This is documentation for Mathematica 4, which was
based on an earlier version of the Wolfram Language.
Wolfram Research, Inc.

2.8.6 String-Oriented Output Formats

Text strings.

The quotes are not included in standard Mathematica output form.

In[1]:= "This is a string."

Out[1]=

In input form, the quotes are included.

In[2]:= InputForm[%]

Out[2]//InputForm= "This is a string."

You can put any kind of text into a Mathematica string. This includes non-English characters, as well as newlines and other control information. Section 2.7 discusses in more detail how strings work.

Using format strings.

In many situations, you may want to generate output using a string as a "template", but "splicing" in various Mathematica expressions. You can do this using StringForm.

This generates output with each successive `` replaced by an expression.

In[3]:= StringForm["x = ``, y = ``", 3, (1 + u)^2]

Out[3]=

You can use numbers to pick out expressions in any order.

In[4]:= StringForm["{`1`, `2`, `1`}", a, b]

Out[4]=

The string in StringForm acts somewhat like a "format directive" in the formatted output statements of languages such as C and Fortran. You can determine how the expressions in StringForm will be formatted by wrapping them with standard output format functions.

You can specify how the expressions in StringForm are formatted using standard output format functions.

In[5]:= StringForm["The `` of `` is ``.",

TeXForm, a/b, TeXForm[a/b]]

Out[5]=

You should realize that StringForm is only an output format. It does not evaluate in any way. You can use the function ToString to create an ordinary string from a StringForm object.

StringForm generates formatted output in standard Mathematica output form.

In[6]:= StringForm["Q: `` -> ``", a, b]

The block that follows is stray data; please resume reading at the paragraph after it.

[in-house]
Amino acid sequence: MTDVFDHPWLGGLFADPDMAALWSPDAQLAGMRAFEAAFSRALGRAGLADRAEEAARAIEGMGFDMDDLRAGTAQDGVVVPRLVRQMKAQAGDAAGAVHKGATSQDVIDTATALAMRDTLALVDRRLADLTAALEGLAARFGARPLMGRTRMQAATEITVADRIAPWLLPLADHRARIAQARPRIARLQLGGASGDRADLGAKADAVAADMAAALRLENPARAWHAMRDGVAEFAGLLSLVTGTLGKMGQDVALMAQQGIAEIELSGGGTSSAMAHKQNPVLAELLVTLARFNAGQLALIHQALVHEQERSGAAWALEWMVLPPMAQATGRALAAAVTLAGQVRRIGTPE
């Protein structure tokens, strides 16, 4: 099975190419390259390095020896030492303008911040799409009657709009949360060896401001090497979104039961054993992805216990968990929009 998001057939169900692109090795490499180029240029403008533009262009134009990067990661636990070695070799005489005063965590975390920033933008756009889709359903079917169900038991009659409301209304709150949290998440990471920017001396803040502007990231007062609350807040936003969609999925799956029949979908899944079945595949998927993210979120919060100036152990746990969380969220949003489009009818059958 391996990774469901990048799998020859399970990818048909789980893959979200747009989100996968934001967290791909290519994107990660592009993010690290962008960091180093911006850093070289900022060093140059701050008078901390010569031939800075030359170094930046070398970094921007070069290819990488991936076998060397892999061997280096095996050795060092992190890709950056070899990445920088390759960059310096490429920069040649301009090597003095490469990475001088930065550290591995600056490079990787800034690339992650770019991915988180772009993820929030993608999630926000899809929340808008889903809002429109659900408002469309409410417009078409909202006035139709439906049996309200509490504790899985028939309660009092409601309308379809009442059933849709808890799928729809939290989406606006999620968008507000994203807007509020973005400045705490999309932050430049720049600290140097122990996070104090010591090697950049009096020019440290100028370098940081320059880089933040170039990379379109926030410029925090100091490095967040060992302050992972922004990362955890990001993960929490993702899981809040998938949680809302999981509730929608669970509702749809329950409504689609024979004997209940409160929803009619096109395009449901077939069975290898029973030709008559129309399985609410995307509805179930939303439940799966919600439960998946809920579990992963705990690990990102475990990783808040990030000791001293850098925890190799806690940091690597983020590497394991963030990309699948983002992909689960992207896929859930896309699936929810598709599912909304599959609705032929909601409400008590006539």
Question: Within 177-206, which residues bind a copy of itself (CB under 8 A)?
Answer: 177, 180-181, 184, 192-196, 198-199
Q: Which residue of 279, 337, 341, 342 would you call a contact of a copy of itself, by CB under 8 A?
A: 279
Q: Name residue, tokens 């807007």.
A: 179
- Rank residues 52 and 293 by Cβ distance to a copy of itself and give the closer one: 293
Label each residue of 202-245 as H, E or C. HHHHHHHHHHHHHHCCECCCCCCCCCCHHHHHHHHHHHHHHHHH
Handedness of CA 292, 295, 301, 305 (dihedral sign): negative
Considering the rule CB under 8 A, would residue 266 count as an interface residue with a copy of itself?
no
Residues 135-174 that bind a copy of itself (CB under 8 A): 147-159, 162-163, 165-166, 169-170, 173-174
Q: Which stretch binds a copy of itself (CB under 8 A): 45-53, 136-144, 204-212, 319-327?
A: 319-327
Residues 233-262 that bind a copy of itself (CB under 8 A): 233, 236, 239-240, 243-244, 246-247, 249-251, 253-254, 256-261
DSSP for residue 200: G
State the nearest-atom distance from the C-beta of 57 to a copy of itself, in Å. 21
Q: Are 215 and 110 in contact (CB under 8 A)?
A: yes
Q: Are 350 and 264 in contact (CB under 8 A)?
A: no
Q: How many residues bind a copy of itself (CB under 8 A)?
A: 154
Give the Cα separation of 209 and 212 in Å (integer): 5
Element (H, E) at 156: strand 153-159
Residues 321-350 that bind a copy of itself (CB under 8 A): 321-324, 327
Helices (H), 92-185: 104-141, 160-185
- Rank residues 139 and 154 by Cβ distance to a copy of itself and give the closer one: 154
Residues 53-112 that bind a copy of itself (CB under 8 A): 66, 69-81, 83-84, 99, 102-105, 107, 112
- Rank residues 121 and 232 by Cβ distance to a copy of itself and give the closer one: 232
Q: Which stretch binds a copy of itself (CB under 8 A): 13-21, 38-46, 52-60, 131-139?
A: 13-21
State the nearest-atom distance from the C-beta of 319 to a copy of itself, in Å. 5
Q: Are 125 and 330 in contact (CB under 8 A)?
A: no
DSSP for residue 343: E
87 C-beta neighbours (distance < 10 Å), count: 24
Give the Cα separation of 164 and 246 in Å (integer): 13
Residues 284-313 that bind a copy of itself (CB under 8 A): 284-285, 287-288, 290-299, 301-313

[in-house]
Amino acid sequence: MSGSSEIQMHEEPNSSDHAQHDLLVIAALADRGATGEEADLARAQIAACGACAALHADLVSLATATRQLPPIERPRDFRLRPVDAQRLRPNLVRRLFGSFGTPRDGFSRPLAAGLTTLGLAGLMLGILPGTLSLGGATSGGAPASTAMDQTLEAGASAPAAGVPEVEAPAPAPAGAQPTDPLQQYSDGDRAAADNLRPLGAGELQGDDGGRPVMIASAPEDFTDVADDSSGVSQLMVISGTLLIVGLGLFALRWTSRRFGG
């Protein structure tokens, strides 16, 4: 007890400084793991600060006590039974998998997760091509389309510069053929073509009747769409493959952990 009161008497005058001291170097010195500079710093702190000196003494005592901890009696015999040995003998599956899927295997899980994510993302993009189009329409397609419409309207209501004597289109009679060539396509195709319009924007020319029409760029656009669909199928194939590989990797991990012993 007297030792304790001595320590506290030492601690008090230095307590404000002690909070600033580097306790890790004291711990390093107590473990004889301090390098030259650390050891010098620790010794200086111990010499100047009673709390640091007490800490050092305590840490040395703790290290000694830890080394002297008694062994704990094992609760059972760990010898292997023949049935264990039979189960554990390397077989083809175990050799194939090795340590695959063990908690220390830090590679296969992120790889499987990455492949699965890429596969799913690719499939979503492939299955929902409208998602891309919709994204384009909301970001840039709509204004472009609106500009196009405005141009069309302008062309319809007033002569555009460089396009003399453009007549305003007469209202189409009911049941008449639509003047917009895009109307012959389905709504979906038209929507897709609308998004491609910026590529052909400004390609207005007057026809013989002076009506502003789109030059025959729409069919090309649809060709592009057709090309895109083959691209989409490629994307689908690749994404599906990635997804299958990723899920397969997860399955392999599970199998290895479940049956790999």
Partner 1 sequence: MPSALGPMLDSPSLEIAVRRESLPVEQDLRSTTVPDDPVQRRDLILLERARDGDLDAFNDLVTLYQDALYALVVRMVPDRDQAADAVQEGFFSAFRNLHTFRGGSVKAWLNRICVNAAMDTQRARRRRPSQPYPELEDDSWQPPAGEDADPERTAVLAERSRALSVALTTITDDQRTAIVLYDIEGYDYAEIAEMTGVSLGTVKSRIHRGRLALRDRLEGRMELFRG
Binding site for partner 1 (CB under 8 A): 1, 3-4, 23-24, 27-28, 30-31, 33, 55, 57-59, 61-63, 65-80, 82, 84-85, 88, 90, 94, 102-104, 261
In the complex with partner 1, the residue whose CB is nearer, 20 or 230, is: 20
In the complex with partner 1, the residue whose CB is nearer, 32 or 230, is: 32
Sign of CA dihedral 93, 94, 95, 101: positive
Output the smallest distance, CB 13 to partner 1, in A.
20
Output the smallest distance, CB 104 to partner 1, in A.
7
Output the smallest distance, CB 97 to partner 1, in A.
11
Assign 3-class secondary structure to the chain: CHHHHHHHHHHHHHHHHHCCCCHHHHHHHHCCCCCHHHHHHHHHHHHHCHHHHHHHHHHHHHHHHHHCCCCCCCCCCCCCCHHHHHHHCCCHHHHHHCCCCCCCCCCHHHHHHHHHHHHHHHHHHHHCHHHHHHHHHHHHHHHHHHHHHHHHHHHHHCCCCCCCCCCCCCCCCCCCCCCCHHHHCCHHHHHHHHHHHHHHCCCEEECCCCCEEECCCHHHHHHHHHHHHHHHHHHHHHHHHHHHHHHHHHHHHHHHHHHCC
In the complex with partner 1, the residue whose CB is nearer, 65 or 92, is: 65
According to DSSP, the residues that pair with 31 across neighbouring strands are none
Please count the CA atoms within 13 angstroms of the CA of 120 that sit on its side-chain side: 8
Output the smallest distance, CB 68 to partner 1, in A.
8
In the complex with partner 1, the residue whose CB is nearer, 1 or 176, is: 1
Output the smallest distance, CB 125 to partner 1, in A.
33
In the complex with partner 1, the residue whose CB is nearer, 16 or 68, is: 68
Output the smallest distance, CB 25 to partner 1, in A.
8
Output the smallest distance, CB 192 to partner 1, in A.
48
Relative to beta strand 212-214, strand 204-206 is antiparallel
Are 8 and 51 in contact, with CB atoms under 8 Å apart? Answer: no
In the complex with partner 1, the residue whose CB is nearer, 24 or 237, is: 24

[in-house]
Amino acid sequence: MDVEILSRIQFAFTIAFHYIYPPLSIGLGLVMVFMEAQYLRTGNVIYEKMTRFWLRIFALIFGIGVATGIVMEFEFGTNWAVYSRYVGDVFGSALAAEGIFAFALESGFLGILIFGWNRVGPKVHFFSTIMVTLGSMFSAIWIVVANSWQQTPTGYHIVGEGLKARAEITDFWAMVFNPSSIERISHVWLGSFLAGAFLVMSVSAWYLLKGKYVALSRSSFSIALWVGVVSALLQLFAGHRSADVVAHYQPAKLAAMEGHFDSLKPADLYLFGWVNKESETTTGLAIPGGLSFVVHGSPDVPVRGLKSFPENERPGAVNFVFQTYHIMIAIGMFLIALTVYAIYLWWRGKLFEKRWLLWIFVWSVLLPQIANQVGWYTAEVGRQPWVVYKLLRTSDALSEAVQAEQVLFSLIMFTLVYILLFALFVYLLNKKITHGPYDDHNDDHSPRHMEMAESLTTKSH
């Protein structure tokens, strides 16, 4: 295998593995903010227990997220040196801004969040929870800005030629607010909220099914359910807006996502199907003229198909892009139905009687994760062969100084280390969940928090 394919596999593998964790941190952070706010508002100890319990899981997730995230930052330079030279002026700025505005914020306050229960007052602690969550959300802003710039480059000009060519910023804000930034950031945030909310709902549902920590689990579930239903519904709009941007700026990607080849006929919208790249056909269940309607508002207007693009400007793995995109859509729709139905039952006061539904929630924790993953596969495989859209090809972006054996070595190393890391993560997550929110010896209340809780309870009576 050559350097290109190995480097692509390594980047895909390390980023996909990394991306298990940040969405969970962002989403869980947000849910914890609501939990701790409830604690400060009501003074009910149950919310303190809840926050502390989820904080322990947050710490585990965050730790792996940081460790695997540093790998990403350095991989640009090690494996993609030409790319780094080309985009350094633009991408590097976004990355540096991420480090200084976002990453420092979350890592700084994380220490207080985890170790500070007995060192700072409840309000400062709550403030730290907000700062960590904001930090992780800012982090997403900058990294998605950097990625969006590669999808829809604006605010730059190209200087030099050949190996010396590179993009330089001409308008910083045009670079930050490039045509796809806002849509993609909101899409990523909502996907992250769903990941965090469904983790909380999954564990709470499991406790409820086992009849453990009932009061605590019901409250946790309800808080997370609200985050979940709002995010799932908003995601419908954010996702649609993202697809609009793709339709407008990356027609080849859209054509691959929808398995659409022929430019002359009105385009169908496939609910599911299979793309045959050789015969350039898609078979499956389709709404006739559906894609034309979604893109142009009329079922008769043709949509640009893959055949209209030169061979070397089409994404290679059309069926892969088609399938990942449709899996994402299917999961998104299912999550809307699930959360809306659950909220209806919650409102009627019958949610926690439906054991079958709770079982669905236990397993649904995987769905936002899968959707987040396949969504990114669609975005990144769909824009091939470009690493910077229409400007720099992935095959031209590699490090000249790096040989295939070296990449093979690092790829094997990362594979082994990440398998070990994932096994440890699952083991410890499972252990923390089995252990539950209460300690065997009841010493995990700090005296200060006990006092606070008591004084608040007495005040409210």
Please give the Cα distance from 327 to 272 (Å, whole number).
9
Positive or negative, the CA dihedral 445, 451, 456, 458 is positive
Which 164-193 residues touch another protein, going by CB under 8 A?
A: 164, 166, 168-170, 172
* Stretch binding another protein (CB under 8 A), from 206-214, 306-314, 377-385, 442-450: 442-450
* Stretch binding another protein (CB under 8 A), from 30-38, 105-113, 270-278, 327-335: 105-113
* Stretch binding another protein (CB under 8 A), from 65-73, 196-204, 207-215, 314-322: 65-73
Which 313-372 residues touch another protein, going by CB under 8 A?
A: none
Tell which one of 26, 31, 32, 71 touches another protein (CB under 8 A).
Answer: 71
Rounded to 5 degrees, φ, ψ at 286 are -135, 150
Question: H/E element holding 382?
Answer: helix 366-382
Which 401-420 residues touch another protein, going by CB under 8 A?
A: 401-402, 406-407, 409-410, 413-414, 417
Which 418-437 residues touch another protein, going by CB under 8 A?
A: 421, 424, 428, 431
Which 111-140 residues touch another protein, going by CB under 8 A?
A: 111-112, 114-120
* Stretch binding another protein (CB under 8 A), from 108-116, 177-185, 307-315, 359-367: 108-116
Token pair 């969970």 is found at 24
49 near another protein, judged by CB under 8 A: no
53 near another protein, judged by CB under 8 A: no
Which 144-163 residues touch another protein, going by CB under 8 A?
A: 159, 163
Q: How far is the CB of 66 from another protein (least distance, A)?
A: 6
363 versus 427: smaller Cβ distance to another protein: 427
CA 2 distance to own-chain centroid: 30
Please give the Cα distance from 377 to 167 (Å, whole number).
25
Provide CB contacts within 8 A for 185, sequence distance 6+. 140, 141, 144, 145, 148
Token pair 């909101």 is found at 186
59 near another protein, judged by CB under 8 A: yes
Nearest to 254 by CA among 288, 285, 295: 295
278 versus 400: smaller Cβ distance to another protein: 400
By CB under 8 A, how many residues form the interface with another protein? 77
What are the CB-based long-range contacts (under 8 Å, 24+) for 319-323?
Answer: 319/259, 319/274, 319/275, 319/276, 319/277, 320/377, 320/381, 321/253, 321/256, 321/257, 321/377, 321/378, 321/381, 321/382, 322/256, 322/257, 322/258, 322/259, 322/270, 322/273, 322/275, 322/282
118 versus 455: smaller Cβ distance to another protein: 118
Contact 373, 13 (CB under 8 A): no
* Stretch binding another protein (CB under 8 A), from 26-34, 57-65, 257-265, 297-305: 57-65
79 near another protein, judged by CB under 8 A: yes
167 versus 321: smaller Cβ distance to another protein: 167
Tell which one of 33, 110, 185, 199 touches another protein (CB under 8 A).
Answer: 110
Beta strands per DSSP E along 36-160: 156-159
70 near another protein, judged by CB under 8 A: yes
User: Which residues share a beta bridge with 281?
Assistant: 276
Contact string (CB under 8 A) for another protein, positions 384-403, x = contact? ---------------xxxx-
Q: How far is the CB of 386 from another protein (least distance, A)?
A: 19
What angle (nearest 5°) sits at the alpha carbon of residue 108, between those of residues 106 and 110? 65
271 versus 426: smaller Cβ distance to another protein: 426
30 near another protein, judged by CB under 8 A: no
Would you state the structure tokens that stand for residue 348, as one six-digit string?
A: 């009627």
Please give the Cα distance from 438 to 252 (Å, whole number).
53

Out[6]=

In input form, you can see the actual StringForm object.

In[7]:= InputForm[%]

Out[7]//InputForm= StringForm["Q: `` -> ``", a, b]

This creates an ordinary string from the StringForm object.

In[8]:= InputForm[ToString[%]]

Out[8]//InputForm= "Q: a -> b"

StringForm allows you to specify a "template string", then fill in various expressions. Sometimes all you want to do is to concatenate together the output forms for a sequence of expressions. You can do this using SequenceForm.

Output of sequences of expressions.

SequenceForm prints as a sequence of expressions concatenated together.

In[9]:= SequenceForm["[x = ", 56, "]"]

Out[9]=

Output of columns of expressions.

This arranges the two expressions in a column.

In[10]:= ColumnForm[{a + b, x^2}]

Out[10]=

Output of unevaluated expressions.

Using text strings and functions like StringForm, you can generate pieces of output that do not necessarily correspond to valid Mathematica expressions. Sometimes, however, you want to generate output that corresponds to a valid Mathematica expression, but only so long as the expression is not evaluated. The function HoldForm maintains its argument unevaluated, but allows it to be formatted in the standard Mathematica output form.

HoldForm maintains 1 + 1 unevaluated.

In[11]:= HoldForm[1 + 1]

Out[11]=

The HoldForm prevents the actual assignment from being done.

In[12]:= HoldForm[x = 3]

Out[12]=

If it was not for the HoldForm, the power would be evaluated.

In[13]:= HoldForm[34^78]

Out[13]=